It's Not Always About You: Keep Your Entitlement In Check When Dealing With Small Businesses Having a more empathetic approach to the entrepreneurs and the teams behind them would serve us all better in the long run.
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A few years ago, I used this platform to talk about why entrepreneurs need to keep their sense of entitlement in check, saying that they shouldn't expect to be "gifted anything on a silver platter," and that this is what they should keep in mind as they go about soliciting support for their respective enterprises. Now, I still stand by this line of thought; however, recently, I've found myself wondering about the other end of this equation: for those of us who interact with entrepreneurs and the small businesses they run, are we also being mindful of our sense of entitlement as their patrons or clientele?
This question popped into my mind after coming across a couple of instances of late where entrepreneurs and their teams at their relatively young enterprises were being faulted or criticized (rather disproportionately, in my opinion) for apparent faults or errors in their offerings. One example I can offer here is that of a newly launched F&B venture in Dubai that found itself being panned for its seeming inability to receive and respond to all of the calls it got on its bookings line. Granted, the restaurant here definitely had a problem when it comes to ensuring its customer experience- but I also do have apprehensions about the outrage with which complaints about this situation was characterized by many among us.
I mean, it's one thing to say you were put off by an occurrence like this; it's another thing altogether to accuse (and assume) the restaurant is doing it as a deliberate affront to you as, say, some kind of marketing ploy. Why was this thought of as an acceptable theory explaining the problem at hand, as opposed to the alternate (and, honestly, more plausible) reasoning that, well, this is a business that's only just begun to run, with the entrepreneur behind it being a first-time restaurateur who, along with their team, are only just starting to learn the ropes of the trade? Maybe they were just overwhelmed with work and that's why they didn't pick your call; maybe they just don't have the resources in place to ensure a more seamless operation.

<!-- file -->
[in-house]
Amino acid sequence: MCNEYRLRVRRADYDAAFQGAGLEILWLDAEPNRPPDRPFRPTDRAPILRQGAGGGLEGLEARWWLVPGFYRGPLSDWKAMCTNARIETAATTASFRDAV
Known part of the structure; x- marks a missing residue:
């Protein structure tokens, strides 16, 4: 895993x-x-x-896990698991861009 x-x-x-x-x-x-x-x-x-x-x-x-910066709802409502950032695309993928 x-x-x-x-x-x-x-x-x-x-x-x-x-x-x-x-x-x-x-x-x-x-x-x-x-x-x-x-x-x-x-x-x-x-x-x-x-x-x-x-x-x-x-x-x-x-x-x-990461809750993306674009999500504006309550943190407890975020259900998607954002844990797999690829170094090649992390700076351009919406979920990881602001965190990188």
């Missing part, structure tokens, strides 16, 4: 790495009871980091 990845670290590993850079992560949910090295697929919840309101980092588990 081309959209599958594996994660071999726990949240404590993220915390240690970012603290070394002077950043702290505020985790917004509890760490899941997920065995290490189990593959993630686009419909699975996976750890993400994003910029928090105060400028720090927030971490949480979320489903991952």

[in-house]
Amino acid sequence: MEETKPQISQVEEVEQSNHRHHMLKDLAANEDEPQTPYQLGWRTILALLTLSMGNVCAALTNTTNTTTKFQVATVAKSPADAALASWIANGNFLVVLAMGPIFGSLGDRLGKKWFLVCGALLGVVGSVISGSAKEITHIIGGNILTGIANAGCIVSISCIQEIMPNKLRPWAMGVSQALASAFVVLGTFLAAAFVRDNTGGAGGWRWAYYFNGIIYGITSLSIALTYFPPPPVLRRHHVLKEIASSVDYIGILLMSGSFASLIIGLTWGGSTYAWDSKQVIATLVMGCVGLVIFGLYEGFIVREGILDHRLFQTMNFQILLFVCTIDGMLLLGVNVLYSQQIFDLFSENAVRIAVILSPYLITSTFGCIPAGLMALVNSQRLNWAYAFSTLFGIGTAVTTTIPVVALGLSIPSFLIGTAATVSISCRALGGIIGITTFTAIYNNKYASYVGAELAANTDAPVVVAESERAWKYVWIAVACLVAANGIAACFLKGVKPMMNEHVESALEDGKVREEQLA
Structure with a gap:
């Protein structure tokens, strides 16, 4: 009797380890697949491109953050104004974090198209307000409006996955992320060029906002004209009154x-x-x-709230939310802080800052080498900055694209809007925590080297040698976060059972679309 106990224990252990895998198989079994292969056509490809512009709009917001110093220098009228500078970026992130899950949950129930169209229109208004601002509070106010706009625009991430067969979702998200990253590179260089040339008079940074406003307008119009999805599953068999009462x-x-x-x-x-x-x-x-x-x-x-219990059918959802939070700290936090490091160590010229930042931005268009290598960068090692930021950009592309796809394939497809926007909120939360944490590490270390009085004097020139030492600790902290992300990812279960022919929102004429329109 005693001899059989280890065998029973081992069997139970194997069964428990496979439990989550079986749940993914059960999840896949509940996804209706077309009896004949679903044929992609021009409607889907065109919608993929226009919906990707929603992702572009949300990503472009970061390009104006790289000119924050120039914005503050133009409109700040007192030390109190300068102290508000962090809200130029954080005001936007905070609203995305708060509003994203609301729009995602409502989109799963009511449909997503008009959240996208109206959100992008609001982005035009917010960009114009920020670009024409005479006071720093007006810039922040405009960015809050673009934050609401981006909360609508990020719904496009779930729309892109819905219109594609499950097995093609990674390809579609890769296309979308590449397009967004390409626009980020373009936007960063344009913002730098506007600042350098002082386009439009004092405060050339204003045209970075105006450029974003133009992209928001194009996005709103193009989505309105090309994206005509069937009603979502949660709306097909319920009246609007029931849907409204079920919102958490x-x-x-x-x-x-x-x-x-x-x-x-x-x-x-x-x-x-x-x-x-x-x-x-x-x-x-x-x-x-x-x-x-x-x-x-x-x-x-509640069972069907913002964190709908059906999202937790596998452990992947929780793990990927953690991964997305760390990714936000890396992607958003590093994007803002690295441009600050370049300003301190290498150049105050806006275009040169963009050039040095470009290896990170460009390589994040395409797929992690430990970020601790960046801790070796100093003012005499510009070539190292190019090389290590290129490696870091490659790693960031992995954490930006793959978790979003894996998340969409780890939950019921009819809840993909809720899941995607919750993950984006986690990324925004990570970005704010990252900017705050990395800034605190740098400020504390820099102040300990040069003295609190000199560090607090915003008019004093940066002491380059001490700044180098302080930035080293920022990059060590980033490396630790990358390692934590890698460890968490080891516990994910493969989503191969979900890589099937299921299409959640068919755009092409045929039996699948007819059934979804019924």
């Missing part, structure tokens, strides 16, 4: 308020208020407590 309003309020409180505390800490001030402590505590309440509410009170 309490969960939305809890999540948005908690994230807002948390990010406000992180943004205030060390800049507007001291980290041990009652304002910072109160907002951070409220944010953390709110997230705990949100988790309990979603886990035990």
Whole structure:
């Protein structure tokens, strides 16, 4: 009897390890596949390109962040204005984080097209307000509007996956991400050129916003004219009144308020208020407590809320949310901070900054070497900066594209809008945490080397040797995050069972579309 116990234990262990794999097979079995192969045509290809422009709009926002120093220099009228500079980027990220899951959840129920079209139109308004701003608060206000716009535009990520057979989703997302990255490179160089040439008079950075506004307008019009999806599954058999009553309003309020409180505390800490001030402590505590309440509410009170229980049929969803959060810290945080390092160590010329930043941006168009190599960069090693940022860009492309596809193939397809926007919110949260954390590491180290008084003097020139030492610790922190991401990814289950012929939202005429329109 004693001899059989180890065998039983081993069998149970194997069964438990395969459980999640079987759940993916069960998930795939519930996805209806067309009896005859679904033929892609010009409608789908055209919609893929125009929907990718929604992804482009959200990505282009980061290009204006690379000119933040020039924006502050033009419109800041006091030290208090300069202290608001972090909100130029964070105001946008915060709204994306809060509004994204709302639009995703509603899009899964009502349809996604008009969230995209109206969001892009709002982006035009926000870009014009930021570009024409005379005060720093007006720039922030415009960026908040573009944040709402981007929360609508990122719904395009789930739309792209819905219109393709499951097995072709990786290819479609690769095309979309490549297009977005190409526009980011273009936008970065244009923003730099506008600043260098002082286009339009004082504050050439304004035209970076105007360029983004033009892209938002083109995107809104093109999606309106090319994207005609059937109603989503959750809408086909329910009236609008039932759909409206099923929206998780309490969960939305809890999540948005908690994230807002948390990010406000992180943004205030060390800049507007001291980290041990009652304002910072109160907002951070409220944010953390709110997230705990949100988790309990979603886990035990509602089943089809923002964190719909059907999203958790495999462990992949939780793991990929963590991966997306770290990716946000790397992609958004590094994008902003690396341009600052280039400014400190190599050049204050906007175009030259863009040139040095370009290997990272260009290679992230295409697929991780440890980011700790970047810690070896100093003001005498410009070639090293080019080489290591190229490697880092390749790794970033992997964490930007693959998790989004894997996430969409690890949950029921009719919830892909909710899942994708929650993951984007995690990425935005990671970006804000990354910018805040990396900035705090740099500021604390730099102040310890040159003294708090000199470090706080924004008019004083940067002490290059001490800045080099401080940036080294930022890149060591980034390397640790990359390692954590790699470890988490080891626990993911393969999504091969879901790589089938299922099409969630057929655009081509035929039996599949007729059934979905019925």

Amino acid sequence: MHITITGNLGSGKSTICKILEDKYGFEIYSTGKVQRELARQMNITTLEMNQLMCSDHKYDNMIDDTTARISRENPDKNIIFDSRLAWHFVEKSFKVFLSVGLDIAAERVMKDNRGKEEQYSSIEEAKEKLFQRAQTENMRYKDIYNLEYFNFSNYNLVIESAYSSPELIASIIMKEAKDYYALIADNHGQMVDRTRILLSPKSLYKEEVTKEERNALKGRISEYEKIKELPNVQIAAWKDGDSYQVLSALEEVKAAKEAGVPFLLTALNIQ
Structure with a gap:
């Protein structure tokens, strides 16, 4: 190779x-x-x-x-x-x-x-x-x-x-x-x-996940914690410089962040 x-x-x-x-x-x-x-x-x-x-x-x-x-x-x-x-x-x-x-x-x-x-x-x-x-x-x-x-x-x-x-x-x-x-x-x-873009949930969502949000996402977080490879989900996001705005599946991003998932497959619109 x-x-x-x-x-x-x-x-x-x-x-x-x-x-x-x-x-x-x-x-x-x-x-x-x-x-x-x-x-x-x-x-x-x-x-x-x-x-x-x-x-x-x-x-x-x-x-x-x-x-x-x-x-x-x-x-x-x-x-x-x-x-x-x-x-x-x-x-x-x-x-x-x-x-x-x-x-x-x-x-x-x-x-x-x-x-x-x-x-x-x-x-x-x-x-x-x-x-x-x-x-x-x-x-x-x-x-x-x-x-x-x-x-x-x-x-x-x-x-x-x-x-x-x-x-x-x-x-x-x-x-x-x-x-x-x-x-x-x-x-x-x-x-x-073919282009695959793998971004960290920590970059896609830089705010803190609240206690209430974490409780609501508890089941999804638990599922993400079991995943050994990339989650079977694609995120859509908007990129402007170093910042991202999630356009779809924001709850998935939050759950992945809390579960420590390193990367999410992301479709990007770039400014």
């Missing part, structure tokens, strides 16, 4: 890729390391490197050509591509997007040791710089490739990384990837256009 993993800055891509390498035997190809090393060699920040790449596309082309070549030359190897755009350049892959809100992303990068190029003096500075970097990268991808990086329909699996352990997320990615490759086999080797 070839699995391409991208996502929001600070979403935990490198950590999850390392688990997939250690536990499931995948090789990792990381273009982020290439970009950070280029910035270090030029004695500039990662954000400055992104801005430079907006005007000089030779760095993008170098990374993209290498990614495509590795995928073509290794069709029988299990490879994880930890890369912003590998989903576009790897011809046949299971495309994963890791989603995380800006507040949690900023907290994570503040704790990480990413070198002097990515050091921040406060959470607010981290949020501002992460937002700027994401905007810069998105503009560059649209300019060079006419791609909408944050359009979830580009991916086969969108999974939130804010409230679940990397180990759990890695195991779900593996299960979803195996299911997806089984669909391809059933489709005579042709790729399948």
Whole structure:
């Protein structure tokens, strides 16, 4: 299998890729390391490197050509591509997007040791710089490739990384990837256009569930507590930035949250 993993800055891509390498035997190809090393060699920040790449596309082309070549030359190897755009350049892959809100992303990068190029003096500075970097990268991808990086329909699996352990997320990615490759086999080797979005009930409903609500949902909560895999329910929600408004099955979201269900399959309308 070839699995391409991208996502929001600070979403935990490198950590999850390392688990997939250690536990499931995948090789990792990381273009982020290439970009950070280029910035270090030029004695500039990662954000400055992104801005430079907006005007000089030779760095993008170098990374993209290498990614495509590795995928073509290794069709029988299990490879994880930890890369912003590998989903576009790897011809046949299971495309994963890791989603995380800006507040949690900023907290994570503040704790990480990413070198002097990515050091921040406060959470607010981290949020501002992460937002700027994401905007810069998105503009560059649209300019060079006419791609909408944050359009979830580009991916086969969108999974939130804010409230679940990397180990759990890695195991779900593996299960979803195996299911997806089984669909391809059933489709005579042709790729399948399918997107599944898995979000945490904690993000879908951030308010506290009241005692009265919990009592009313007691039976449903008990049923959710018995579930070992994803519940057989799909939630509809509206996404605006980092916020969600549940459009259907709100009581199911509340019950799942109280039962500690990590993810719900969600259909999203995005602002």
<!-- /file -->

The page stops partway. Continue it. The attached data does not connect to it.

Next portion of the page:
Calling businesses out for their faults is our right, sure, but I can't help but feel that having a more empathetic approach to the entrepreneurs and the teams behind them would serve us all better in the long run. Now, an argument can be made here that, as a customer, you don't really need to concern yourself with how or why a product or service has not been presented in the manner you expect. And this is, I must admit, a perfectly valid point of view- there is, after all, a reason why "the customer is always right" is an adage that pervades our consciousness on a day-to-day basis. The transactional nature of such a relationship does allow for one to not have to engage with the trials and tribulations of those we're interacting with, regardless of whether they are a small business, or a corporate behemoth.
Having said that, I do wonder if this is the kind of behavior that any of us would want to see in ourselves or those around us. There are plenty of examples in the world today that make the case for why a selfish, "me, me, and only me" attitude to life is a problematic one- as such, why would any of us want to associate ourselves with that kind of philosophy? And that in itself is, I think, a good enough reason to keep our sense of entitlement in check.